Mike


Thanks for your feedback! That's another good choice. Requires shipping to a company, so not as available for general FPN community. My preliminary concern with it (besides the toxic hazards) was the interaction with metals, and uncertainty if that may cause problems with certain dye groups, and/or pen metal components. I'm not sure though.
With the new FPN rules, now I REALLY don't know what to put in my signature.

#31 SamCapote

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Posted 19 November 2010 - 01:05

I got another little bit of good news in this ongoing experiment.

1.) The American Proprietary Ink Maker's Biocide has wiped out the fungus in 3 other DeAtramentis contaminated inks (as verifed by microscopic exam on oil immersion high power). Like it, I do.

2.) I got a 3x concentrated gallon batch of Sporicidin, so although the 0.1% Phenol dose that member pharmacist recommended as Biostatic protection, it is apparently not Biocidal once you have an active infection. That makes sense that you will need 3-5 times as much to wipe out an infection than you would need to prevent it in a clean ink. I'm using this higher concentration to find the exact amount needed to wipe out existing fungal SITB, knowing that a dialed back dose would work as a long term preventive agent.

I have heard from several sources that back in the old days when Phenol was "in vogue," ink makers would add however much of it until there was a distinct Phenol smell. Some inks (perhaps with higher than 8.0 pH) required much more to work, so they just added more without keeping precise records, since the amount varied from ink to ink.
With the new FPN rules, now I REALLY don't know what to put in my signature.

#32 SamCapote

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Posted 06 December 2010 - 01:24

An update for those of you who are still following my wacky "Mr. Wizard" experiments.

Using the 3x Sporicidin I got as a research project from the company, I added 5 drops (of 3x which has 4.56% Phenol) to vial #6 which had all kinds of strands and pieces easily visible to the eye, in addition all the contaminated Yellow Orange vials are cloudy. After only 2-3 days, this vial became remarkably clear. There is no sediment on the bottom, so obviously this higher dose resulted in cell wall destruction (lysis), and a purity of the contaminated ink that is inspiring.


..... (Thumbnail)



For reference, on pharmacist's recommendation, I had previously added 5 drops of original Sporicidin on October 20th to bring vial #6 up to a 0.1% Phenol dose, but it did nothing. So when I added 5 more drops of the 3X dose, that effectively brought the cumulative Phenol up to 0.4% (or 4 grams per Liter)--resulting in the spectacular clearing. Now I know for a fact that the Phenol will kill the active infection, and actually clear the ink...and that dose is somewhere between 0.1% and 0.4%. I just added reduced amounts to vials #3 & #4 to test for the Phenol bioCIDAL threshold in amounts of 0.15% & 0.2% respectively.

When I find the amount to kill (bioCIDAL) the active infection, then certainly less would be needed to prevent an infection (bioSTATIC) if your ink was already clean. I keep going back to this Sporicidin because it is READILY available to anyone (in the USA).

I have also started using this 3x Sporicidin in several other colors of DeAtramentis inks that I have verified microscopically are contaminated with yeast. These are bottles I had previously filtered and added 6 drops of Tryphon's Sterilink last May, only to see the fungus grow back within 3 weeks. I have some other brands of ink with SITB that I am also going to deal with.

#33 SamCapote

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Posted 22 January 2011 - 23:49

I know the threshold dose of Sporicidin Disinfectant Solution (OTC 'safe' concentration of Phenol) required to kill ("biocidal dose") and prevent re-growth ("biostatic") from the widespread fungal contamination from most of my 56 DeAtramentis inks.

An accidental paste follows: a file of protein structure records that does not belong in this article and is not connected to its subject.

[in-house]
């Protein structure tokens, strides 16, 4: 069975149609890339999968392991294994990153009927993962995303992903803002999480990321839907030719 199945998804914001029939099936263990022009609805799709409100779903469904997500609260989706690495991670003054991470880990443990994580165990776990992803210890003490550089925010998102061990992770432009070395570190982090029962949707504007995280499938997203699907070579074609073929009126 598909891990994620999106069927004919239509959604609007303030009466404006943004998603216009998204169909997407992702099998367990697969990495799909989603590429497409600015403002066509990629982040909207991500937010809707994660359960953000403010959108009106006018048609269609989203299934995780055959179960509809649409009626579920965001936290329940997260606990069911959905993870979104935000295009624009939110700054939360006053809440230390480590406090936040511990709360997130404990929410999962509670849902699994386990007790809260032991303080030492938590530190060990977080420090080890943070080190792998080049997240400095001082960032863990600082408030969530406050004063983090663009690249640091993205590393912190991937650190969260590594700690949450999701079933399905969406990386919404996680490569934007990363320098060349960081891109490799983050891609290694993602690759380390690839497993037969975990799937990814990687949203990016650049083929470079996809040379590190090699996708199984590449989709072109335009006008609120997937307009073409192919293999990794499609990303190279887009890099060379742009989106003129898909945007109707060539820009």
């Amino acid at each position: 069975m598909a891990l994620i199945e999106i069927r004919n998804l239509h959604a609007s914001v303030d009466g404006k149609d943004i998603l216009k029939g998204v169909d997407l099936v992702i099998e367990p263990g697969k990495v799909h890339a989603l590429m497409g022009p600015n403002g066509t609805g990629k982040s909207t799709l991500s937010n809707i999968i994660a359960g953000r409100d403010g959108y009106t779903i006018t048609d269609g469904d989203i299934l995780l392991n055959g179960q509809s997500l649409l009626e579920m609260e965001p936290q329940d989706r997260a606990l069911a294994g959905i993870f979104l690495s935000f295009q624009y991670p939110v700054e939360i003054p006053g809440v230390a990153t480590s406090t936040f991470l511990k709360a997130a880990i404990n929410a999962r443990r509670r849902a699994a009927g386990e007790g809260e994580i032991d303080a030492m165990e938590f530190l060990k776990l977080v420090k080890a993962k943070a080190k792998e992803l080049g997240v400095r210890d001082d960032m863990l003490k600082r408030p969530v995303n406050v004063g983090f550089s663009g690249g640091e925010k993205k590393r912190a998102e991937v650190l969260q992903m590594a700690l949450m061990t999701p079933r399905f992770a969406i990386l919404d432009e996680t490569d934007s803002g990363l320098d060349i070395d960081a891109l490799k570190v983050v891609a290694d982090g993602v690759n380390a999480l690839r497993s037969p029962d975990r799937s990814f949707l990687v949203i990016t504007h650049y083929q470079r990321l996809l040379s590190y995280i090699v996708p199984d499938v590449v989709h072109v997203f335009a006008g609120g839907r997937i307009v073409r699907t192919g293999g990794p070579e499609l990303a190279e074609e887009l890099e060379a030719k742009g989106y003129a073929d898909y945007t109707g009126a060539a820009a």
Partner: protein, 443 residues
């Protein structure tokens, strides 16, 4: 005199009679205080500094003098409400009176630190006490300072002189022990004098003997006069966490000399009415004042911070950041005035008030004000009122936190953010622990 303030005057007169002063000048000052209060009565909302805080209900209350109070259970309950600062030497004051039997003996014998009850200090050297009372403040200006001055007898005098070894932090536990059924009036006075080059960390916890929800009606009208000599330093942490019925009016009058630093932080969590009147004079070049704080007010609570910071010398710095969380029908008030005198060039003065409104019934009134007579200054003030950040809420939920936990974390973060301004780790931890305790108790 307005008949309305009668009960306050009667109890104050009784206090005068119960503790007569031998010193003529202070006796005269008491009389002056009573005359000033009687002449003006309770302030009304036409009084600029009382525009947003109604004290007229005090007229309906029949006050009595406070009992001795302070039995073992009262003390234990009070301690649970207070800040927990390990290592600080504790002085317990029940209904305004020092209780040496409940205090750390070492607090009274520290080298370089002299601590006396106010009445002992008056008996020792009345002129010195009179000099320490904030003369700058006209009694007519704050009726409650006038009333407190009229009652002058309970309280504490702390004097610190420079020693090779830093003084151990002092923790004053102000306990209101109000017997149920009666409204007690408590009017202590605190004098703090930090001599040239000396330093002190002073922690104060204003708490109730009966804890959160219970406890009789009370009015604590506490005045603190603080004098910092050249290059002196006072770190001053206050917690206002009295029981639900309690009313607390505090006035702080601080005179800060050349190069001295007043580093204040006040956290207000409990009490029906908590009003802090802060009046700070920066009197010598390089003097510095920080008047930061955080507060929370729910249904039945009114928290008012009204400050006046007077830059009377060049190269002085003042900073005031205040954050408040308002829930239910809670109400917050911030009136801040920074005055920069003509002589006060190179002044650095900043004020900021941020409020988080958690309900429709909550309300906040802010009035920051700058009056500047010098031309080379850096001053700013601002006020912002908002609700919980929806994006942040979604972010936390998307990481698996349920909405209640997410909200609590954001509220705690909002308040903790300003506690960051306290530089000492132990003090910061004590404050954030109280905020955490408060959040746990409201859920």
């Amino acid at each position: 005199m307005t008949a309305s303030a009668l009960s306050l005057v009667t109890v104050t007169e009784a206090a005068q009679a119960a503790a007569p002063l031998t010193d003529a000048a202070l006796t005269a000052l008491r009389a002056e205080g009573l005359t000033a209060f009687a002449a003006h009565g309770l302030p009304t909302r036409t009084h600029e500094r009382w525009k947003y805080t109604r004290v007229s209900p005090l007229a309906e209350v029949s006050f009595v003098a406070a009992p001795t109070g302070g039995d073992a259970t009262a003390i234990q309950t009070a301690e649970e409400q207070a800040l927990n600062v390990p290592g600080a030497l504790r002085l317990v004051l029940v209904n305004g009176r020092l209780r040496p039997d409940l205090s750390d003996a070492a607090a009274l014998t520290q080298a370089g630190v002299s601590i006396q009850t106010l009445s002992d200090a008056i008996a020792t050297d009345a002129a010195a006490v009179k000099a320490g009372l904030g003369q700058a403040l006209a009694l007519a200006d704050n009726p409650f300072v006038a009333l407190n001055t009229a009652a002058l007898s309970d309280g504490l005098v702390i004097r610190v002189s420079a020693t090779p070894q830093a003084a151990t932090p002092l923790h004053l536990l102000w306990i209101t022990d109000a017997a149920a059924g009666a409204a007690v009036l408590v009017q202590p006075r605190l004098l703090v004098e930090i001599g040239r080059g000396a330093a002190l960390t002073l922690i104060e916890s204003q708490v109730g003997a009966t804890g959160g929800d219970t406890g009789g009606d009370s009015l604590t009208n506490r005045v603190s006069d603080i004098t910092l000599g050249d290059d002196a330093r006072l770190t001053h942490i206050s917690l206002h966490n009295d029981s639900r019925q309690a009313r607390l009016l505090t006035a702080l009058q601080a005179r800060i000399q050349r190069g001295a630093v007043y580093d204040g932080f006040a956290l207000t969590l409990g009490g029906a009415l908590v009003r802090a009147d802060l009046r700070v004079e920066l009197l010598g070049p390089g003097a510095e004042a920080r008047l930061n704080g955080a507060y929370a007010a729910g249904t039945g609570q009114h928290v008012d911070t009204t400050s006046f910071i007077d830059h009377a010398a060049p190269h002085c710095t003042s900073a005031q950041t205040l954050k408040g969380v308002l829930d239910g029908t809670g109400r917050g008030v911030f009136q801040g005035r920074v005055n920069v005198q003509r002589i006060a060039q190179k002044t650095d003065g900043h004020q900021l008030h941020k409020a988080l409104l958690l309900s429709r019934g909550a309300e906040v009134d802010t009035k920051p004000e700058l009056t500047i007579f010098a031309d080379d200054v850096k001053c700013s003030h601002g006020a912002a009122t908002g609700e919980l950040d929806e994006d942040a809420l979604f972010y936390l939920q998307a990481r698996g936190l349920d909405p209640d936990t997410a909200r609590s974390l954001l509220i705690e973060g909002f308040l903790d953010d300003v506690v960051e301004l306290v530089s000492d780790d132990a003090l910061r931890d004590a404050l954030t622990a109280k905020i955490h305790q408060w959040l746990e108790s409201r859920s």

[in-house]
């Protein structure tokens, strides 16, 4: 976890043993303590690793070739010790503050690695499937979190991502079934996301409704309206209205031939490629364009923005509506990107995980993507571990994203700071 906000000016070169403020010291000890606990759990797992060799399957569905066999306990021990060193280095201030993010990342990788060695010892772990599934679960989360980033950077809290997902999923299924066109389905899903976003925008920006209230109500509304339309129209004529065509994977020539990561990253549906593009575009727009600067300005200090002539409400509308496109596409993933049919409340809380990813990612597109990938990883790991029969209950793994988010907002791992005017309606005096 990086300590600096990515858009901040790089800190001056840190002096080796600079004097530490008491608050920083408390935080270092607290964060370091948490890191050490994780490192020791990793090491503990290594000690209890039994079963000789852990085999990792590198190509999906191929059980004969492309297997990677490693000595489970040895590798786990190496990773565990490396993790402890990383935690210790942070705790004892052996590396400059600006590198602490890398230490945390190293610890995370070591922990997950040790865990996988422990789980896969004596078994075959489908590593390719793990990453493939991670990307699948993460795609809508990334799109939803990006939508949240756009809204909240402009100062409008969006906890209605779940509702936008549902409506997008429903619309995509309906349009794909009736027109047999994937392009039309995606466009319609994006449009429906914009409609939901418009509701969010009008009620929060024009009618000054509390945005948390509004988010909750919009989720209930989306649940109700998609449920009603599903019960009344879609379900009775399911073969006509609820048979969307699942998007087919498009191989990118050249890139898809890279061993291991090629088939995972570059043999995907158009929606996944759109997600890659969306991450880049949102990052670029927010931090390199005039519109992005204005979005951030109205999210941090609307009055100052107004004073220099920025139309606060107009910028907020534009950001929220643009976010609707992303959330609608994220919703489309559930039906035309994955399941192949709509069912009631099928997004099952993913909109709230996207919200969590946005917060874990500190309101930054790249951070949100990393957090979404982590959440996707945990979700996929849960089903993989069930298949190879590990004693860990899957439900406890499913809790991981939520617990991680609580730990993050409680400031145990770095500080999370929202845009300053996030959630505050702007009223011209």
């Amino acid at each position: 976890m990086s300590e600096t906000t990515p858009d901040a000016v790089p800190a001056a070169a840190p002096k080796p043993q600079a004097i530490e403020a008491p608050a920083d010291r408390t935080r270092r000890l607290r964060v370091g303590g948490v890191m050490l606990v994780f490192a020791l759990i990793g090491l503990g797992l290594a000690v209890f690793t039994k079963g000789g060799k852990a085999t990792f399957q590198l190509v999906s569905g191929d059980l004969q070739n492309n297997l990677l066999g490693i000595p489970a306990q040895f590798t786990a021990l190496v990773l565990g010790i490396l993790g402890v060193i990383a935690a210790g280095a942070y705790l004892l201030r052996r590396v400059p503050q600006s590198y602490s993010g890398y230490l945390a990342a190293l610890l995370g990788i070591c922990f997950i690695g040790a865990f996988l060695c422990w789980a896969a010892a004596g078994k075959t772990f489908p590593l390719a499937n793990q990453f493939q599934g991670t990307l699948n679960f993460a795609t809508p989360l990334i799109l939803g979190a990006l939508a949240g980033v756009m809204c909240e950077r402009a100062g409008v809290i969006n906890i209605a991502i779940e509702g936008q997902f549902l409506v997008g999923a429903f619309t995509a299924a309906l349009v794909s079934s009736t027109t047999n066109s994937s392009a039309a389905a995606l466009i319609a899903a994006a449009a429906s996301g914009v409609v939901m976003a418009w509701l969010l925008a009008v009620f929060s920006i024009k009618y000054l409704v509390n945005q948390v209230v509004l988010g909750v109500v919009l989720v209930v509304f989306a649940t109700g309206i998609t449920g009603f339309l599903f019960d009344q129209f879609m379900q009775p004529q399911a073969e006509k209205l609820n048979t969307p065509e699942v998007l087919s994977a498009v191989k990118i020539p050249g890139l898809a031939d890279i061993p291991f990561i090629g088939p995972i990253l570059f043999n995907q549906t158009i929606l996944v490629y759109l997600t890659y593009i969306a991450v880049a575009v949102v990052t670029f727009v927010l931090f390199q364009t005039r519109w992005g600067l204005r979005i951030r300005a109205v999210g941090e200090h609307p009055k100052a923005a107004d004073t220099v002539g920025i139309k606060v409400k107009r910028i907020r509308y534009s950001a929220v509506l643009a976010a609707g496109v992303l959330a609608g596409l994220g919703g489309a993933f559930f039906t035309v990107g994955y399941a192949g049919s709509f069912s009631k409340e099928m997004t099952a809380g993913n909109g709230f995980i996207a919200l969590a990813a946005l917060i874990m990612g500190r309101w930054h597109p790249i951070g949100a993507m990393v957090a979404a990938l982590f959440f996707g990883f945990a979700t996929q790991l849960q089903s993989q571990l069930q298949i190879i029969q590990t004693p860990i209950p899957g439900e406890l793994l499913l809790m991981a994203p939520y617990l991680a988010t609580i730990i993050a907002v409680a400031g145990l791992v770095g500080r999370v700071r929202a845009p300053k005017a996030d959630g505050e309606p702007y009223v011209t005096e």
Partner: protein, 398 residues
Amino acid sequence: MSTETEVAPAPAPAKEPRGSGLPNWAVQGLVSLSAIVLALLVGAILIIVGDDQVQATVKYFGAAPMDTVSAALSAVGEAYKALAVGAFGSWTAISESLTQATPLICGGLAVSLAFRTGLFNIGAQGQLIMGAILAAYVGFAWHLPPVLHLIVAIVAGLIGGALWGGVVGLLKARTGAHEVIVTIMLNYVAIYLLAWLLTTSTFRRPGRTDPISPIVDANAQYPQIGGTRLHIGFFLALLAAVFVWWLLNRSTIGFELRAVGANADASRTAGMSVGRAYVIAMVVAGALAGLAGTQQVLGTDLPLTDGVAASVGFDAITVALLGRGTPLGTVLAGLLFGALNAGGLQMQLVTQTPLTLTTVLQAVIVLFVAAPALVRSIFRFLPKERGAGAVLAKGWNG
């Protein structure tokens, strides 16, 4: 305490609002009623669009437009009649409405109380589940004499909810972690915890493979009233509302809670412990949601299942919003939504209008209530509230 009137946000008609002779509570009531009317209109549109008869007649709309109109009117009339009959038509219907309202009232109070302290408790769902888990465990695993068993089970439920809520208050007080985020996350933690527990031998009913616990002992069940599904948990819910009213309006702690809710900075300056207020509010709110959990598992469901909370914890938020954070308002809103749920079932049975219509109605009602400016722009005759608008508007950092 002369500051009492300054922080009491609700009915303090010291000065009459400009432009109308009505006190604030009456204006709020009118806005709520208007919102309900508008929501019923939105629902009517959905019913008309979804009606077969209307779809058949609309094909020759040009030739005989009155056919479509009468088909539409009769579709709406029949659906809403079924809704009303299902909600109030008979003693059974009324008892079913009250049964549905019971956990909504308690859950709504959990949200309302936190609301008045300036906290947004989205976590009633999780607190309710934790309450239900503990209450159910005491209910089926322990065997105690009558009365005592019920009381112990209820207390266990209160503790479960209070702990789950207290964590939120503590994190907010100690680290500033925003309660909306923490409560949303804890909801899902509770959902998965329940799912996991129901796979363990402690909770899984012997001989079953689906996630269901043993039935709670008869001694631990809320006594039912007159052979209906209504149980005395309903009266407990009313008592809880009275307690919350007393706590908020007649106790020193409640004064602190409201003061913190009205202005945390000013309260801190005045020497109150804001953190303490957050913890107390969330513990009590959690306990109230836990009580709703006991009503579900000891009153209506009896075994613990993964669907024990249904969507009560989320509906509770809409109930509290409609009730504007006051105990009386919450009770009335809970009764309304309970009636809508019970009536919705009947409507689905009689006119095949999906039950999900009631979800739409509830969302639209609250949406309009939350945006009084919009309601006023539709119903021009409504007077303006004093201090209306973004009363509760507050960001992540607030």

I have been testing lower concentrated doses of Sporicidin on some of the other DeAtramentis known fungal infected inks after paper filtering to remove all the hyphae strands, but not the spores, to see at what concentration it prevents the spores from hatching and raining on my parade of colors. I have also added the higher biocidal dose to 15 common inks to see if there are any apparent effects on the ink's stability, color, performance. I did writing and Q-tip samples before adding the Sporicidin, and want to let it just sit for a couple months, next to the untreated control vial of original ink alongside so I can compare appearances, performance, etc.
With the new FPN rules, now I REALLY don't know what to put in my signature.

#34 corniche

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Posted 23 January 2011 - 00:02

Hello Sam,

Thank you for the update; I am more than curious to see how this all progresses. Thank you very much for your time and effort- I know for a fact what you are doing is very involved and arduous work- thank you.

All the best & God bless,

Sean :)
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#35 hobobaggins

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Posted 23 January 2011 - 01:18

Funny you should bump this, as I have just gotten my first attack of STIB and was considering a less-methodical killing of the mold.

Thanks for the analysis!
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#36 SamCapote

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Posted 29 April 2011 - 04:18

I wanted to add this source of 4% Phenol solution while they still have it available from Natural Pigments. Dino found this while discussing SITB in this thread.and it is very close to the custom 4.5% mixture I got sent to me of Sporicidin described earlier.

My initial recommendation for storage prevention would be to add 1 ml in a 30-40 ml bottle of ink, but if it is a vintage ink, test it with a sample in a plastic vial from www.gouletpens.com first. For a contaminated bottle after filtering out the visible SITB, I would double or triple the dose and watch it. I don't think having a 3-10% dilution of your ink is going to have that much of an impact on the color, vs. tossing the bottle altogether.
With the new FPN rules, now I REALLY don't know what to put in my signature.

#37 SamCapote

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Posted 27 June 2011 - 23:39